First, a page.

Good food vs. great food: How do you know?

Last month, we talked about what makes a good restaurant vs. a great one.

My focus was all about the experience in terms of service, design, lighting and music. But no matter how great the service experience, the only thing that makes us a regular at a restaurant and recommend it to our friends is the food.

Good food vs. great food has nothing to do with the restaurant being a “fine dining” establishment. The food at a fine dining restaurant should be great. It probably has a great reputation and certainly is expensive; therefore, my expectations are very high.

However, I have been to my share of expensive, high-end restaurants that have disappointed me. And I’ve been to many inexpensive, even cheap, restaurants whose simple dishes have so exceeded my expectations that I can only describe the food as “great.”

Hot food hot, cold food cold

This is the first lesson taught in culinary schools. While it is the most basic tenet of food service and seems simple, it is much harder than it seems.

A small (40-ish seat) restaurant may serve only 40 guests on a Monday or Tuesday, and the guests are well-spaced in terms of time. In this example, the kitchen can concentrate on every dish and make sure things are timed perfectly so hot food is hot and cold food is cold.

Now it’s Saturday night, there is a one-hour wait at the door, and the kitchen may serve 100 or more meals. Things deteriorate when the kitchen is overwhelmed. The hot food may come out warm or, worse, cold because the timing in the kitchen is off, and your food is waiting on the rest of your table’s order to catch up. When the food is finally sent out, three plates are perfect, but your dinner is cold.

My pet peeve is a salad served on a hot dish. That tells me that the kitchen was not fully prepared for the evening, and salads and other cold foods are being served on plates that are right out of the dishwasher. When cold foods come out on cold plates, my opinion of the restaurant’s food is elevated.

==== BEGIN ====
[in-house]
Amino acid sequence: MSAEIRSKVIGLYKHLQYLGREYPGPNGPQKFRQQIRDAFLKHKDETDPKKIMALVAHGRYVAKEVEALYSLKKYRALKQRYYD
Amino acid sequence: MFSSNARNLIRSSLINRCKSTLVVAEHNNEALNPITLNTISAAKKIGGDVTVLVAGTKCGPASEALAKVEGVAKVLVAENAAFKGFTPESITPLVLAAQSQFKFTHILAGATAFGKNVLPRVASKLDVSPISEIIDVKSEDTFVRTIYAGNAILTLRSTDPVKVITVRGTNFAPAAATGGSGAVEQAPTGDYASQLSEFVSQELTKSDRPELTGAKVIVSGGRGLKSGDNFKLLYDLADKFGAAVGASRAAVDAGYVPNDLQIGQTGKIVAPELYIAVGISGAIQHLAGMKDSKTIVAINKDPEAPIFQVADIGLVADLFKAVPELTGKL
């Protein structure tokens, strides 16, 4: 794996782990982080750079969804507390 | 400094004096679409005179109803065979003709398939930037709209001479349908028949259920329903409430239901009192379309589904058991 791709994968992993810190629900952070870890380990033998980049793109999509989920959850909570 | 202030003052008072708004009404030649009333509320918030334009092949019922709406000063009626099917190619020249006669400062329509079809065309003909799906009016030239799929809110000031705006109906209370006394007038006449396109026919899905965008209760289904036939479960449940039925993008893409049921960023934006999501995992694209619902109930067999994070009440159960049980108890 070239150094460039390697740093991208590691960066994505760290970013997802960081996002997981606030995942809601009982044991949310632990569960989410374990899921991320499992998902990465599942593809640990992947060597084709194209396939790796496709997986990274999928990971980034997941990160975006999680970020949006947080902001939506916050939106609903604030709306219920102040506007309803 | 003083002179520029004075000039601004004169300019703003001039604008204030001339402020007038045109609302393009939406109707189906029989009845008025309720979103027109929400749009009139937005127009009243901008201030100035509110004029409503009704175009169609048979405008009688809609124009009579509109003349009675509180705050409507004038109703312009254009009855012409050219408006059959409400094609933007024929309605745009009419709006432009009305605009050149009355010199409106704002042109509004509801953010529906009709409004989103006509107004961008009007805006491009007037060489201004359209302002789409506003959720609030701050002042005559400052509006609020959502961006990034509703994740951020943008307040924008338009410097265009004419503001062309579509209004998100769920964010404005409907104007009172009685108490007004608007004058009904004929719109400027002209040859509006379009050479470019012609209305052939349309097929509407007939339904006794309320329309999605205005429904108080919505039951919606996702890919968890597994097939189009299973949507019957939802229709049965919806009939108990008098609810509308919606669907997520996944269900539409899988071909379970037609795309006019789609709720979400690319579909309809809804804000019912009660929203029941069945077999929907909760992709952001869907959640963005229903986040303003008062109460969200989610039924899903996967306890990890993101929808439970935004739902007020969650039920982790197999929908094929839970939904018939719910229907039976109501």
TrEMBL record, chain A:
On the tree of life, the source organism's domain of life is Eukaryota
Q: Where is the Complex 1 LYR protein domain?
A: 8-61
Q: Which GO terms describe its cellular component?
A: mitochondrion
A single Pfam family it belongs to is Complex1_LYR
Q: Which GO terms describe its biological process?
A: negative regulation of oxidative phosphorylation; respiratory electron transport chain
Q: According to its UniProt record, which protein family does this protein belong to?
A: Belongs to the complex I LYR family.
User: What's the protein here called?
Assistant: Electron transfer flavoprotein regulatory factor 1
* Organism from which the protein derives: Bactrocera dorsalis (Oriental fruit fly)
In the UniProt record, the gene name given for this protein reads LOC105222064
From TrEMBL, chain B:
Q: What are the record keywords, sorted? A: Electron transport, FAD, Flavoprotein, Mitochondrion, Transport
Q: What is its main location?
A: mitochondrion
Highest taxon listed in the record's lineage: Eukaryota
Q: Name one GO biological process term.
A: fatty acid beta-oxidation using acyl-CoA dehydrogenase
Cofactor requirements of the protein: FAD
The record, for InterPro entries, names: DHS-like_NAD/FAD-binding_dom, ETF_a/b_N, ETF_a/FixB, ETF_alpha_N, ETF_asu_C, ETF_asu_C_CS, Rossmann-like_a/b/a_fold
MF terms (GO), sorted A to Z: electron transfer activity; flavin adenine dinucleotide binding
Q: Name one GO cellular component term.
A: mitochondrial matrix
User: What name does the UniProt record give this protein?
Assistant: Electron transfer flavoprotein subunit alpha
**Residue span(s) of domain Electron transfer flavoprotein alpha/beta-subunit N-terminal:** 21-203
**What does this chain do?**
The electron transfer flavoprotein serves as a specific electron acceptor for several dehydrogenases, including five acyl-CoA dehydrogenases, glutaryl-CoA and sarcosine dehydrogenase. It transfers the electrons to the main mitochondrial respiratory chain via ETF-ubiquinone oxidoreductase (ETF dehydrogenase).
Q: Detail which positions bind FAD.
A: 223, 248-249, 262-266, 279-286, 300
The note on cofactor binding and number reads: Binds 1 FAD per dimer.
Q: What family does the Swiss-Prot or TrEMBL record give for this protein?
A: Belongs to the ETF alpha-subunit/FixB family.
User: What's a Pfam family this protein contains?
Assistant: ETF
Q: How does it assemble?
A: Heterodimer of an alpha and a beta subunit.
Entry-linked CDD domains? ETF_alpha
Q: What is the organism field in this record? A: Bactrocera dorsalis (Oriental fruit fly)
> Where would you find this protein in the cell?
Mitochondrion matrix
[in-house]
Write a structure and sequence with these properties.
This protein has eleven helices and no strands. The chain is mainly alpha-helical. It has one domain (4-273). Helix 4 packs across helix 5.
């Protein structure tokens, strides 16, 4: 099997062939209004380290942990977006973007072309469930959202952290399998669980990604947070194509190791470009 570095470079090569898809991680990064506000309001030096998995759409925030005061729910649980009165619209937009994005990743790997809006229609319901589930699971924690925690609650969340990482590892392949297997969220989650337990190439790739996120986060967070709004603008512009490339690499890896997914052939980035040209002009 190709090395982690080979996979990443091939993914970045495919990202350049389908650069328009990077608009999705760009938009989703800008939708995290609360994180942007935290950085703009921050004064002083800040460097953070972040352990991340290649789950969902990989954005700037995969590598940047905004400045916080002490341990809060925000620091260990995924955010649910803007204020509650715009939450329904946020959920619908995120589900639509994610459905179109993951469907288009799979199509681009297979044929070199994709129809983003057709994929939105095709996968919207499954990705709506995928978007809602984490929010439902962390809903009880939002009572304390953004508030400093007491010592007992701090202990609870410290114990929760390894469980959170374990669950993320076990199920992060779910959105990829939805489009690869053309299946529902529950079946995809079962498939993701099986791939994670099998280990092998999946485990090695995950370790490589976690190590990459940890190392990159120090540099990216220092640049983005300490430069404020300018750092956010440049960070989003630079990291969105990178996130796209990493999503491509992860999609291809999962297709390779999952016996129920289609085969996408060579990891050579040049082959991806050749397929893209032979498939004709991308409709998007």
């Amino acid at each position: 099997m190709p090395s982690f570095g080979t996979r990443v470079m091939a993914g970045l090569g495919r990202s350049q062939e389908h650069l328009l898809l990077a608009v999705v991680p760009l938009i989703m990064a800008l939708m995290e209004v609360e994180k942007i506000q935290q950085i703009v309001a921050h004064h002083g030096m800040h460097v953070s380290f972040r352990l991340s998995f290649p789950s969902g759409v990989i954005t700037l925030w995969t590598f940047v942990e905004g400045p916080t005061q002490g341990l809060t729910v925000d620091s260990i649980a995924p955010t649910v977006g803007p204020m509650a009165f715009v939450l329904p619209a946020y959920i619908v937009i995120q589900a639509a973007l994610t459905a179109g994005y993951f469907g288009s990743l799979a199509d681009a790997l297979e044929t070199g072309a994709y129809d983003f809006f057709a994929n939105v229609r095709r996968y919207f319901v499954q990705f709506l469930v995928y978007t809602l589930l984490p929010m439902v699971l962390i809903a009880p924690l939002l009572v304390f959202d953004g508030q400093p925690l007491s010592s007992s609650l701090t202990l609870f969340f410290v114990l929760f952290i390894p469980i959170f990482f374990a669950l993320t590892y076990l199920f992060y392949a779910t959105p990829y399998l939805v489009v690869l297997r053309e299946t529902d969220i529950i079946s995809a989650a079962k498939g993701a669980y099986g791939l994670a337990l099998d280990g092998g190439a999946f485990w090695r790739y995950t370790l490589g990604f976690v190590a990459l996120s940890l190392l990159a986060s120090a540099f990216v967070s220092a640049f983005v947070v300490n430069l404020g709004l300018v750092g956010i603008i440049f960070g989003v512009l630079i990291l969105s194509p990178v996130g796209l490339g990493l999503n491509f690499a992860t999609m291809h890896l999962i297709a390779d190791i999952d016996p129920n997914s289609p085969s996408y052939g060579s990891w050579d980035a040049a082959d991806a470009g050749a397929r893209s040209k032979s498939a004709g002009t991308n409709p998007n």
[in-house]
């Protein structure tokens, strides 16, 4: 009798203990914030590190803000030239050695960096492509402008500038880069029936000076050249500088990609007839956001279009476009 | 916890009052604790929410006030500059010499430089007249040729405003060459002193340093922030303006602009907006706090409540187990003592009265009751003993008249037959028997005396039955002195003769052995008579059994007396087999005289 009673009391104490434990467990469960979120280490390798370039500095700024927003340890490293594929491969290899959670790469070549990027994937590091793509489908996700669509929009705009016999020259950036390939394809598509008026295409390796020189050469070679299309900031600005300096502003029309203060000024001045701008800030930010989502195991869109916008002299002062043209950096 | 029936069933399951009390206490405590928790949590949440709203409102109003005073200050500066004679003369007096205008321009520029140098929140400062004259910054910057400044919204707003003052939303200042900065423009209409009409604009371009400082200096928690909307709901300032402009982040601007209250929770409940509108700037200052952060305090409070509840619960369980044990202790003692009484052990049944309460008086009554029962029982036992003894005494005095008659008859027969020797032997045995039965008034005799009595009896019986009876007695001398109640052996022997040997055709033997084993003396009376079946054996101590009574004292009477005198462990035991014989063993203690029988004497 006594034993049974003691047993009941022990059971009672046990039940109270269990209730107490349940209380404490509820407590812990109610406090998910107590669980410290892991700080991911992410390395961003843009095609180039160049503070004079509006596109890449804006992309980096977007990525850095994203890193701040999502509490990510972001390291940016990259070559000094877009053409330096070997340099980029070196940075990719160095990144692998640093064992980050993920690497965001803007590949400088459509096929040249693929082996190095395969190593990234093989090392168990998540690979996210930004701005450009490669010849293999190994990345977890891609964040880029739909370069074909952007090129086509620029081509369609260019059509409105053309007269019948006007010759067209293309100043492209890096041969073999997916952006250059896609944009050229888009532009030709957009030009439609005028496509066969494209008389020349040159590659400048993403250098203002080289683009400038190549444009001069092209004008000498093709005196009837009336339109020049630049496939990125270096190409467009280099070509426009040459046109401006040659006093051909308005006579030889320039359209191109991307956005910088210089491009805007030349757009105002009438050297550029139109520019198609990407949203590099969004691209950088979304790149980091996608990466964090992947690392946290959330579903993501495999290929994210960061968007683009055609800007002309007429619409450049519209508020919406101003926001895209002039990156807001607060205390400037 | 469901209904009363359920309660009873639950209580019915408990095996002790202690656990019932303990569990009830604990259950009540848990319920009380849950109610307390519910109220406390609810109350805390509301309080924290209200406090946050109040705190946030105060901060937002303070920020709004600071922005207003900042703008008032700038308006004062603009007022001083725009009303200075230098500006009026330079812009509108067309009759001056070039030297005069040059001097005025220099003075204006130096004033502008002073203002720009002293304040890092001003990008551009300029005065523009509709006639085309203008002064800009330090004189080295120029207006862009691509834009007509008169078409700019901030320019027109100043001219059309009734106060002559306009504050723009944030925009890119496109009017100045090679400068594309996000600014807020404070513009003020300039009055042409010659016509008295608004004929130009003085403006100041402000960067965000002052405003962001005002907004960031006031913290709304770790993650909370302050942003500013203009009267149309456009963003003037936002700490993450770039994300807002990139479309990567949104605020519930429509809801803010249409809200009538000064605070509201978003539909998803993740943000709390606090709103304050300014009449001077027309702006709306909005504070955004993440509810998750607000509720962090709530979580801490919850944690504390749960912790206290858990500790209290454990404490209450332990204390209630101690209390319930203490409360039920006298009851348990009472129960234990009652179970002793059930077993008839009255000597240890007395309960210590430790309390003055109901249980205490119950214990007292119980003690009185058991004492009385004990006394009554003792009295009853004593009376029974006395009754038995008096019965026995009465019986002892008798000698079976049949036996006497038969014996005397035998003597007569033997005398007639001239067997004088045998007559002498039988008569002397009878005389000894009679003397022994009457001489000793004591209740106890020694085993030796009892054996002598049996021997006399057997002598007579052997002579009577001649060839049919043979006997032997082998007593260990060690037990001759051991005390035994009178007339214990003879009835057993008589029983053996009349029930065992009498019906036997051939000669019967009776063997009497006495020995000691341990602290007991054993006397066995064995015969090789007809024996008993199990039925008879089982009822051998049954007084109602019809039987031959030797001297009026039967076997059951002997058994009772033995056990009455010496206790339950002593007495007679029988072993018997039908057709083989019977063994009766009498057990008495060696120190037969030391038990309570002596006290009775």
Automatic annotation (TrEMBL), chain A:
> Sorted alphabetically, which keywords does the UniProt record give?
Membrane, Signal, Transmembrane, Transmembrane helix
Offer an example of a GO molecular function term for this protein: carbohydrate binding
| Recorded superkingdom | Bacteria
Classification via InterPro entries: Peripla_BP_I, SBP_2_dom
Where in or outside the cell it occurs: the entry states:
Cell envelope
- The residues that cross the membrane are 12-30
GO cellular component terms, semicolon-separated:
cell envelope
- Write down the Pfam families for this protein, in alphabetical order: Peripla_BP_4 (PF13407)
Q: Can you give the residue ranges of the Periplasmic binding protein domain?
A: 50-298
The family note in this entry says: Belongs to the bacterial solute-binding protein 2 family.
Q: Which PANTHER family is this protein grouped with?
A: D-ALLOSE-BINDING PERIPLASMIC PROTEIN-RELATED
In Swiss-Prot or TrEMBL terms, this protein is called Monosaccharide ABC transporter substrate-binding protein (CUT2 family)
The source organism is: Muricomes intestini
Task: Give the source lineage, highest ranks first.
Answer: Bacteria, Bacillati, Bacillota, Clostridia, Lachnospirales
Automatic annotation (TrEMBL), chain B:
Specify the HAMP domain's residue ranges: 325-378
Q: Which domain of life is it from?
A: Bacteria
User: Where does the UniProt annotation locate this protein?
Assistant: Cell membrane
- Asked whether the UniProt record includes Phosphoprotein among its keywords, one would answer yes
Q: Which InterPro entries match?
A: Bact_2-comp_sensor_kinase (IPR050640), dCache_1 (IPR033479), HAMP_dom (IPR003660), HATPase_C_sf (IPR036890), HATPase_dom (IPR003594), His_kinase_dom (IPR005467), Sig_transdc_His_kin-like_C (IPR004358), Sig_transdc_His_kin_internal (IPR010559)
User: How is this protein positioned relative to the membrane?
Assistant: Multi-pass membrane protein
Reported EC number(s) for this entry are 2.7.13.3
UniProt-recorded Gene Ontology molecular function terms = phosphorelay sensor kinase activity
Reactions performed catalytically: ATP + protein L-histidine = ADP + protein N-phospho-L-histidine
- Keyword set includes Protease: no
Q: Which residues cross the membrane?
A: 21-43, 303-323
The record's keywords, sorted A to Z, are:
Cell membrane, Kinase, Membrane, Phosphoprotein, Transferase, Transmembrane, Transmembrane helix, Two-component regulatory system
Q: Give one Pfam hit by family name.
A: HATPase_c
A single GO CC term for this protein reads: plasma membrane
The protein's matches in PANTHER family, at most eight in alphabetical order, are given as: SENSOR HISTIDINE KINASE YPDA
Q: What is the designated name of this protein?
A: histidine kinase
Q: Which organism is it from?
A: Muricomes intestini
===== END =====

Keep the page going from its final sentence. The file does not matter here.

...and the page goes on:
Good is good, but great is unforgettable

Going out and having a good meal is fine. You leave satisfied and in a good mood, but the food you just had will not be a memory. A great meal is a memory.

In my example of how food can come out cold, it is because the restaurant has not controlled the number of guests seated at one time, creating more opportunity for error. I would rather wait an additional half-hour to have that memorable meal.

There is a barbecue restaurant in St. Louis that makes the best barbecue, and they do it consistently, every day and every time. How? They only make the perfect amount each day that meets their strict standards. They could make more, but it would lower the quality. If you don’t get there early, you don’t get barbecue.

My recommendation to restaurants is slow down service so that you can increase your consistency of quality. As a consultant, I tell my restaurant clients that I don’t mind social media comments that say “That place is so busy you can’t get in.” It’s better than, “It was OK, and my food came out cold.”

• Izzy Kharasch is a restaurant and retail consultant. He's worked with more than 700 restaurants nationwide. He can be reached at

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